- High frequency of episodes is more closely related to binge eating disorder.
Is Emotional Eating an Eating Disorder?
Emotional eating is associated with an increased risk of binge eating disorder as well as other eating disorders like anorexia and bulimia. While emotional eating can be a risk factor or a symptom of binge eating disorder, the DSM-V does not classify emotional eating on its own as an eating disorder.
If you are unsure whether or not your eating habits, including emotional eating, qualify as an eating disorder, talk to your doctor about being screened.
Treatment options for binge eating and emotional eating are similar. Treatment for binge eating disorder is typically multidisciplinary, including nutrition therapy and psychotherapy. Whether you are diagnosed with an eating disorder or struggle with emotional eating, these treatments can be valuable.
Research shows that people with binge eating disorder tend to have atypical eating patterns. For example, restricting food in the morning and eating large amounts in the evening is common. Restrictive dieting is associated with an increased frequency of binge episodes among people with binge eating disorder. Therefore, a key component of nutrition therapy is to eat regular balanced meals throughout the day and avoid restrictive dieting.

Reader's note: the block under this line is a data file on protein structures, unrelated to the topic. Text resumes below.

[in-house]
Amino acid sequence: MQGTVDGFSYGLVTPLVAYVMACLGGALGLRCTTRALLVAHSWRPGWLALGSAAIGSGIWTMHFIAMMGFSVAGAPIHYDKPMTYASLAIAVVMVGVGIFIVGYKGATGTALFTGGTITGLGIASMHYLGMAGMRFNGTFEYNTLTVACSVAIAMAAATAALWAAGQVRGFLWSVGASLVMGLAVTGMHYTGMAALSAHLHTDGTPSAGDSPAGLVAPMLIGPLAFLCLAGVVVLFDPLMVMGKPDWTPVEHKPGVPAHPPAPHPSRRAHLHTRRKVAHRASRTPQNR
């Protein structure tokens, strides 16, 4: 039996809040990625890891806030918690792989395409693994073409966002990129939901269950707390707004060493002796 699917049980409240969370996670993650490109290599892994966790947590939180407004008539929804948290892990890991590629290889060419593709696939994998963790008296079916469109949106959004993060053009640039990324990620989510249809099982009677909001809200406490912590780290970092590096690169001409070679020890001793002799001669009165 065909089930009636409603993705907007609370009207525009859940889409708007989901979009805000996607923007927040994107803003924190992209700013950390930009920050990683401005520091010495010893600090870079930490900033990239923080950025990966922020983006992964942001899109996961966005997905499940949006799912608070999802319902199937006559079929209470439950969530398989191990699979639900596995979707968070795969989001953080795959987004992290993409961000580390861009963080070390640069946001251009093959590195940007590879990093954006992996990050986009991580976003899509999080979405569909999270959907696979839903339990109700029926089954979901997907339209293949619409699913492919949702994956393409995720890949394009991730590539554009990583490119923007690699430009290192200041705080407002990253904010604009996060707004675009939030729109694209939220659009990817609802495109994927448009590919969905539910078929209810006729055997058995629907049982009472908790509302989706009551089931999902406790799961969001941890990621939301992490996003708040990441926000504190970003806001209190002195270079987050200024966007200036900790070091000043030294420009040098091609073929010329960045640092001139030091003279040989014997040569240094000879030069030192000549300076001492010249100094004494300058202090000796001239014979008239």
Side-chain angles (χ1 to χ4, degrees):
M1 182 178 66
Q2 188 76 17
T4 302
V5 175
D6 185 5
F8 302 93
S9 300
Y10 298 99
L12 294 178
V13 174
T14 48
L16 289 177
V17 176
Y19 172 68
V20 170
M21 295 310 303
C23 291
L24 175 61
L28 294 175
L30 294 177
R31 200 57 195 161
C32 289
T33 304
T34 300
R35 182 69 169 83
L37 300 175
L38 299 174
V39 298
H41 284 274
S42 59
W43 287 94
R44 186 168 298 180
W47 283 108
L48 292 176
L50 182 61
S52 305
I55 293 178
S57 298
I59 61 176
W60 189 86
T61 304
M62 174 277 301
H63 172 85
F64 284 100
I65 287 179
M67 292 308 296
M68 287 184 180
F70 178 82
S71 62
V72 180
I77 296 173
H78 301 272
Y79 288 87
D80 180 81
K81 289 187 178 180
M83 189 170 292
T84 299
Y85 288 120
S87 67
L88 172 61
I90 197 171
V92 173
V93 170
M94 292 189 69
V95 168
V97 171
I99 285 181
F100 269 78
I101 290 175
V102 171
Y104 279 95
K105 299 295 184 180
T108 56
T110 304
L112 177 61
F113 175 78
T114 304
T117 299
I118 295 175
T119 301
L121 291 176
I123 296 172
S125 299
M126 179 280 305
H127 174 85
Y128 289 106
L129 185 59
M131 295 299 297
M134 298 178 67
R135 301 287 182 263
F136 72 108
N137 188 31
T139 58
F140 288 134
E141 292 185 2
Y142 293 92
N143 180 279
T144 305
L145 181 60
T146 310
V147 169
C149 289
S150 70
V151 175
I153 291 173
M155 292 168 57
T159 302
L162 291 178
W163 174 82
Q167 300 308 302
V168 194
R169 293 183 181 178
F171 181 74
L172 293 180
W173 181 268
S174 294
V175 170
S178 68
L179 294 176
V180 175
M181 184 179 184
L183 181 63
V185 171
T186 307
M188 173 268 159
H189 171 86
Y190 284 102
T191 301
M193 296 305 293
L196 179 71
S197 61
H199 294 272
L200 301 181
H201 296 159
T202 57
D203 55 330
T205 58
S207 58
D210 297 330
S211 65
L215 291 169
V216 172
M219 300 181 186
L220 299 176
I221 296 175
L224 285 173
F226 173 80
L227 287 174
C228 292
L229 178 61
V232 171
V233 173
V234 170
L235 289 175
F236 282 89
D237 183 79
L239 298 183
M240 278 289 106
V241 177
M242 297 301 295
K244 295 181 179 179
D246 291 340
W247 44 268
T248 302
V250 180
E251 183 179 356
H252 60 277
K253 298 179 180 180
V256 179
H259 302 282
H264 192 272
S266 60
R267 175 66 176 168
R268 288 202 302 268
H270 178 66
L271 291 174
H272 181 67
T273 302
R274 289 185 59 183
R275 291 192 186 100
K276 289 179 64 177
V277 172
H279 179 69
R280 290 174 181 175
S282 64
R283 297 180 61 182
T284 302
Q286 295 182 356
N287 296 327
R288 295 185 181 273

Mindful eating nutrition interventions have been shown to be beneficial for reducing emotional eating episodes. Strategies like checking in with your hunger and fullness on a scale of one to ten and being aware of your current emotional state can help reduce the frequency of emotional eating.
Cognitive behavioral therapy (CBT) is a type of psychotherapy commonly used for treating binge eating disorder. It focuses on exploring the underlying causes of the binge eating episodes and targeting poor body image and self-esteem.
Another type of therapy proven effective for treating BED is dialectic-behavioral therapy (DBT). Sessions focus on teaching the person how to regulate emotions and manage stress through the use of mindfulness techniques and learning how to respond to emotions without using food. Research shows dialectic-behavioral therapy is useful for treating emotional eating as well.
Learning healthy coping mechanisms for managing negative emotions is key to treating emotional and binge eating. Therapy might also focus on underlying mental health concerns that may be impacting a person’s eating habits, such as anxiety and depression.
If you struggle with emotional eating or binge eating or have been diagnosed with binge eating disorder, consider scheduling an appointment with a Registered Dietitian through Nourish.
You’ll learn strategies for eating mindfully and nourishing your body without feeling out of control around food.
With 100% virtual visits that are covered by insurance, it couldn’t be easier to get the high-quality care that you deserve. If you display behaviors consistent with binge eating disorder, take this short binge eating disorder quiz to learn about the next steps to take.